Today I had a conversation on Google+ about using 3d6 for task resolution (something I wrote about here a couple years ago… it’s nice to know I came to much the same conclusion, modulo the ‘Other Thoughts’ section that was predicated on things that have changed). I still think it’s a good idea, but one of the commenters suggested dice pools.
I noodled this idea for a bit. I think I see a way that could work, without getting totally crazy with the size of the pool.
- Your dice pool has a number of six-sided dice equal to one more than your tier (Basic = 1, Legendary = 6; you will have 2..7 dice in your pool).
- When called on to make a check, roll the dice and count successes (4, 5, 6) and complications (1).
- If you want, you can spend successes to cancel complications, one for one; or
- You can accept complications.
The actual determination of success is simple.
- Degree of success is equal to the number of successes you have at the end.
- Degree of complication is equal to the number of complications you have at the end.
- You can have both successes and complications.
So, if you are Master tier and rolling 5d6, and you get four successes and one complication, you could spend a success to cancel the complication, resulting in three successes… or accept the complication and have four successes (enough to kill your opponent, say, but your sword is stuck in his body and his friends are coming).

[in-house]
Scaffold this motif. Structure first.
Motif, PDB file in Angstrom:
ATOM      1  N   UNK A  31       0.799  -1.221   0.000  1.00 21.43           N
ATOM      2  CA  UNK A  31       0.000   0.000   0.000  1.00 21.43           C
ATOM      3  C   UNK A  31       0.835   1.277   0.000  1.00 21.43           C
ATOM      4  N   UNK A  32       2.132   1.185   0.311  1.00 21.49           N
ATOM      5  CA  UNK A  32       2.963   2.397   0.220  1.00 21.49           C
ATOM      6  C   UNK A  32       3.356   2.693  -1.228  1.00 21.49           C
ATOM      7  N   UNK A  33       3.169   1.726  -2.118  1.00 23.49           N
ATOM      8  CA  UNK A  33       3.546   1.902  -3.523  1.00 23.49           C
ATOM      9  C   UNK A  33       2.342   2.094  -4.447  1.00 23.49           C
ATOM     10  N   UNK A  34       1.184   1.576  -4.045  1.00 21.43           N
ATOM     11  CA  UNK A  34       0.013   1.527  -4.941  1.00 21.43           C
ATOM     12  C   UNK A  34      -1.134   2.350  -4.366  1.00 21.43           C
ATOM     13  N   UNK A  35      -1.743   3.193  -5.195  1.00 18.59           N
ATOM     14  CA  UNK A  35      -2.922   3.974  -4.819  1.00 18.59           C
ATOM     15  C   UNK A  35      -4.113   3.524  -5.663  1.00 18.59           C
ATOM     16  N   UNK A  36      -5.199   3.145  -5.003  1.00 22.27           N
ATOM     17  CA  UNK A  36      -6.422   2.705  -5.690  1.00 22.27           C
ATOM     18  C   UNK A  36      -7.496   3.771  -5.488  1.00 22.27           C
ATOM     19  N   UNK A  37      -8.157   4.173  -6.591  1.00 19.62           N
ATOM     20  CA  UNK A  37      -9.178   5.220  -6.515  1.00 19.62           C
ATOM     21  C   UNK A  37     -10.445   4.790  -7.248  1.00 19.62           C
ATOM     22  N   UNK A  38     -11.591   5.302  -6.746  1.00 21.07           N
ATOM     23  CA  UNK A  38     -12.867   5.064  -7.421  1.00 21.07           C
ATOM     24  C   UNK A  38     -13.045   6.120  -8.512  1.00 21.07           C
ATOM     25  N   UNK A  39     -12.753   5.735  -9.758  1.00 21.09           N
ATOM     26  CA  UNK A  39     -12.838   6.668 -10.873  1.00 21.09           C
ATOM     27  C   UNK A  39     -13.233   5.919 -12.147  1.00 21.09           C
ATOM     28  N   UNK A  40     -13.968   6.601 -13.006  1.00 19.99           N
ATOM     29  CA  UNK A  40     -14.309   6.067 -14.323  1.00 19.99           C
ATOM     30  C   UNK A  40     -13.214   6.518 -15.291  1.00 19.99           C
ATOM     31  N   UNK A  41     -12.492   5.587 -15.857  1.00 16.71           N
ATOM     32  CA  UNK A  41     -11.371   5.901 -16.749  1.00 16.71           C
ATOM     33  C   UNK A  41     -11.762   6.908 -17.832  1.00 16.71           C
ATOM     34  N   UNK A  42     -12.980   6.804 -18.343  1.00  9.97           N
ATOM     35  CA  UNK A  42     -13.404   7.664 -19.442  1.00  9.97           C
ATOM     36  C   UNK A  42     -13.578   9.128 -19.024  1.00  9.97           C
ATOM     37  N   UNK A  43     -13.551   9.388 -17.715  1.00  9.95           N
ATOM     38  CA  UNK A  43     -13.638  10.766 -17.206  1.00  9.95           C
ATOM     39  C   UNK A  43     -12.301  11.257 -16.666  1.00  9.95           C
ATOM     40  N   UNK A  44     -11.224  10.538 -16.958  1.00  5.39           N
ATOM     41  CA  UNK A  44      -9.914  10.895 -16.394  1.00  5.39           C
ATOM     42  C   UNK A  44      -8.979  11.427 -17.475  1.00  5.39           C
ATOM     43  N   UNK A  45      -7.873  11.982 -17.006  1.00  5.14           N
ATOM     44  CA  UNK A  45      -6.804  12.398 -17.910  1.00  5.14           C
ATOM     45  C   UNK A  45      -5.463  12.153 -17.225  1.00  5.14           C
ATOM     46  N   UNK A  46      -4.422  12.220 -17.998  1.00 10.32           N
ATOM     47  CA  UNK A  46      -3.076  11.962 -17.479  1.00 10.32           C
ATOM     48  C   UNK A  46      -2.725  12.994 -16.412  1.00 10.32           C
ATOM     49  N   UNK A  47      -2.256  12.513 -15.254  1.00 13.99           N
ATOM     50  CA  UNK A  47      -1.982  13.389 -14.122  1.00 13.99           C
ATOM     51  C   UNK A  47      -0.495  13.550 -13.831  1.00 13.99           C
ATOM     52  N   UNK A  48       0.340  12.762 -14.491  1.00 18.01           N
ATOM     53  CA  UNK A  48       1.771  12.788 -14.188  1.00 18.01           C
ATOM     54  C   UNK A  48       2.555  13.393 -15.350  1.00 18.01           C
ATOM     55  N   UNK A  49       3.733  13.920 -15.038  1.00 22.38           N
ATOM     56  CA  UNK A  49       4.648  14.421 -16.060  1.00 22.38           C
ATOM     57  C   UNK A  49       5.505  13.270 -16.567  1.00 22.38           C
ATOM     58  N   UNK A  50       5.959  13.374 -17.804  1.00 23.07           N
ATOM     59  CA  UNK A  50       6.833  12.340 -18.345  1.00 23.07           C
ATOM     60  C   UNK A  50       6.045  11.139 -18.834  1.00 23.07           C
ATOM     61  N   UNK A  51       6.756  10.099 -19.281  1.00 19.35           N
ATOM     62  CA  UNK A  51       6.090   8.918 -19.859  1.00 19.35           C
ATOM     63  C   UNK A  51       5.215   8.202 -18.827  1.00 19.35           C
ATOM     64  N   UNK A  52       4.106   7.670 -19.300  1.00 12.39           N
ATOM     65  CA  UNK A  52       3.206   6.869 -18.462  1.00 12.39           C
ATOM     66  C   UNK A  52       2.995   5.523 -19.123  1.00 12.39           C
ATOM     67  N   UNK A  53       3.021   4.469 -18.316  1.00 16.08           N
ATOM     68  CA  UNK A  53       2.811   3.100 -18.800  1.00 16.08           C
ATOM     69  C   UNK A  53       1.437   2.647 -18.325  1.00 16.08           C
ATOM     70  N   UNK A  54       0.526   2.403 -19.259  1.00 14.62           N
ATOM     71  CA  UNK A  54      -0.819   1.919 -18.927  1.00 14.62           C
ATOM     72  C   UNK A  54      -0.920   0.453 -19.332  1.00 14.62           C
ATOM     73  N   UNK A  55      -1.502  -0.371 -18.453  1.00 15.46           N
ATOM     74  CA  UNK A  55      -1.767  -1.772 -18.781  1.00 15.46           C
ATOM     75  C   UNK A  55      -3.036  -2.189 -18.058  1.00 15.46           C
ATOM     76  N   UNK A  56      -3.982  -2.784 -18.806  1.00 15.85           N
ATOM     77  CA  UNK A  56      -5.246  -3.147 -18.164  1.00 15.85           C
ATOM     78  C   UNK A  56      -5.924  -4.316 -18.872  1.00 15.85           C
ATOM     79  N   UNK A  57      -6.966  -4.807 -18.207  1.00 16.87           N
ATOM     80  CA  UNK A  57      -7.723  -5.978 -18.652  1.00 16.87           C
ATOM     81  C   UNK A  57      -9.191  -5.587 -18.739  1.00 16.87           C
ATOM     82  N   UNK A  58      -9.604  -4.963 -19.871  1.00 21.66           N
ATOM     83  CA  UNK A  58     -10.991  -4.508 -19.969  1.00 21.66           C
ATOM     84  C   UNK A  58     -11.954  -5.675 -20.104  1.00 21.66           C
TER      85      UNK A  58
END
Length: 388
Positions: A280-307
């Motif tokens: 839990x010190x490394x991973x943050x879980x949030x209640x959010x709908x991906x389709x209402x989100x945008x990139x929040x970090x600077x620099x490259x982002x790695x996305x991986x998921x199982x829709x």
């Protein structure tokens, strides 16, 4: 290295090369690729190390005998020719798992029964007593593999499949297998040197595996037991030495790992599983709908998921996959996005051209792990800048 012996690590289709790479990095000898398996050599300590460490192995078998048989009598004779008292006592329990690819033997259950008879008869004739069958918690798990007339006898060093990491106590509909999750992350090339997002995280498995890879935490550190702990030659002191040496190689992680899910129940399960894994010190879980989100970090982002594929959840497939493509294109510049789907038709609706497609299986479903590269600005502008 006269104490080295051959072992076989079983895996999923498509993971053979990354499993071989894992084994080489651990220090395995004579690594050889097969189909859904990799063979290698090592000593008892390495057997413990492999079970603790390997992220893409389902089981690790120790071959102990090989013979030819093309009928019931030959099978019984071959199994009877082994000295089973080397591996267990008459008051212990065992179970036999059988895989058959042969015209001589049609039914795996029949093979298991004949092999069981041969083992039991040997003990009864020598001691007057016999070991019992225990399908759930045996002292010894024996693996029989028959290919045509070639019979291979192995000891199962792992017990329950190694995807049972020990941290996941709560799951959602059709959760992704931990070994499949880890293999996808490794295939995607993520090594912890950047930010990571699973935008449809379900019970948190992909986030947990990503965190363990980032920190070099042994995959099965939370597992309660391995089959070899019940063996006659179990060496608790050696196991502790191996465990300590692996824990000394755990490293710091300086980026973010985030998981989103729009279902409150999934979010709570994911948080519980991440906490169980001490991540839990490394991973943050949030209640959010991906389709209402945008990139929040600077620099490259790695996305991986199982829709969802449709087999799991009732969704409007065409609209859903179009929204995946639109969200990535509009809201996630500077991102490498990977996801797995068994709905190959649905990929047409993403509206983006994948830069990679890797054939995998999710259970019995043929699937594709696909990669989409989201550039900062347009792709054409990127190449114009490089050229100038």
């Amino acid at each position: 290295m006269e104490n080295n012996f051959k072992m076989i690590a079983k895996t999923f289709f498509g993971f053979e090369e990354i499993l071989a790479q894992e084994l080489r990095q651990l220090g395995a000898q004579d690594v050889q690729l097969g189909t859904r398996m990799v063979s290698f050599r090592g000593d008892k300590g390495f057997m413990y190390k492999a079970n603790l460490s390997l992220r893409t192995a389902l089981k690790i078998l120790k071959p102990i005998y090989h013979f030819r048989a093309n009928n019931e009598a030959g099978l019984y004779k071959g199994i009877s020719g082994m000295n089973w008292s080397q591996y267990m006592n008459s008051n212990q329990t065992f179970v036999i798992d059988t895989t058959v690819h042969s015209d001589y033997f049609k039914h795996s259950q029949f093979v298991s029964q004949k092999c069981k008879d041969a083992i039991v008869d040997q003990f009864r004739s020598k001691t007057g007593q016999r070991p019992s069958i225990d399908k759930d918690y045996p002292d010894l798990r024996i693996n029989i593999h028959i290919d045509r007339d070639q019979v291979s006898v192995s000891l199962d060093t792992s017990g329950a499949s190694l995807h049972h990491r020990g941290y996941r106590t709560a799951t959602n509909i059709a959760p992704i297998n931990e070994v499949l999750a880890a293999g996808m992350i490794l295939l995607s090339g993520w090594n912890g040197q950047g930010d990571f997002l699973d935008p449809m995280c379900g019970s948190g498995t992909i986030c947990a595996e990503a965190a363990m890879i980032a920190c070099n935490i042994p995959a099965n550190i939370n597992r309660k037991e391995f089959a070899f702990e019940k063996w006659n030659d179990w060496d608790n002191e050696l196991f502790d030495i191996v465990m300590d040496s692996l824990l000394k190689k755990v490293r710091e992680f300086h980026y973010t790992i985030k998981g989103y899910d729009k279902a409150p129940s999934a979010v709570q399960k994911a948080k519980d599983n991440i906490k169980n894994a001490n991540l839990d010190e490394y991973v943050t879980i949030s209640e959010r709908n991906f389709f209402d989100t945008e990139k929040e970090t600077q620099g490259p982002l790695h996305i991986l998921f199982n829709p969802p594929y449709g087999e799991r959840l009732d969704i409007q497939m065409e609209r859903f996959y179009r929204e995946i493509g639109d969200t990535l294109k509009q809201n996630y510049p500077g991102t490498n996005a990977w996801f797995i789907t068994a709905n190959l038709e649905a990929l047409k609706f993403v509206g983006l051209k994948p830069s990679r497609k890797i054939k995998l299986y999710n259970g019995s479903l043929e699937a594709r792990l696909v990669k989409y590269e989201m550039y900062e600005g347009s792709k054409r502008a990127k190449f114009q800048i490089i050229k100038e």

How well will this work in practice? I think I need to figure out “Pascal’s Pyramid” — like Pascal’s Triangle, but three-phase (3/6 success, 2/6 failure, 1/6 complication) so I can count successes and complications at different tiers and numbers of dice.
This is called “multinomial distribution”. Thanks GreyKnight.
And figure out what to do with training. Granting extra dice (one per tier of training) gets to silly numbers of dice in the end. Adjusting the target for each die has a huge impact on success frequency. I considered having training allow you to cancel a single complication per tier of training, if a success is available (without spending a success, that is). What about changing the dice, so each tier of training lets you roll d8 instead of d6? Though rolling d8 with a target of 4 gives you almost as much an improvement as rolling d6 with a target of 3, but it does keep the failure:complication ration consistent.
Maybe I’m using the wrong dice in the first place, and I should be using d8s with (5, 6, 7, 8) as success and (1) as complication. Being reduced to a d6 (disadvantage of some sort) means you succeed only on (5, 6), and going to d10 means you succeed on (5, 6, 7, 8, 9, 10). Something else to think about.
I have shifted to using d8s as my baseline, so I have room for a step below (d6s) as well as two steps above (d10s and d12s) without, I think, harming the system.
I have done some heavy lifting to satisfy myself of this, generating frequency tables for all (homogeneous) sets of dice at all tiers. I didn’t get into the mixed-dice cases (2d10+2d8 for a Heroic character with Basic training with a talent), but it is evident to me that it will land somewhere between the “Heroic d8” and “Heroic d10” frequencies.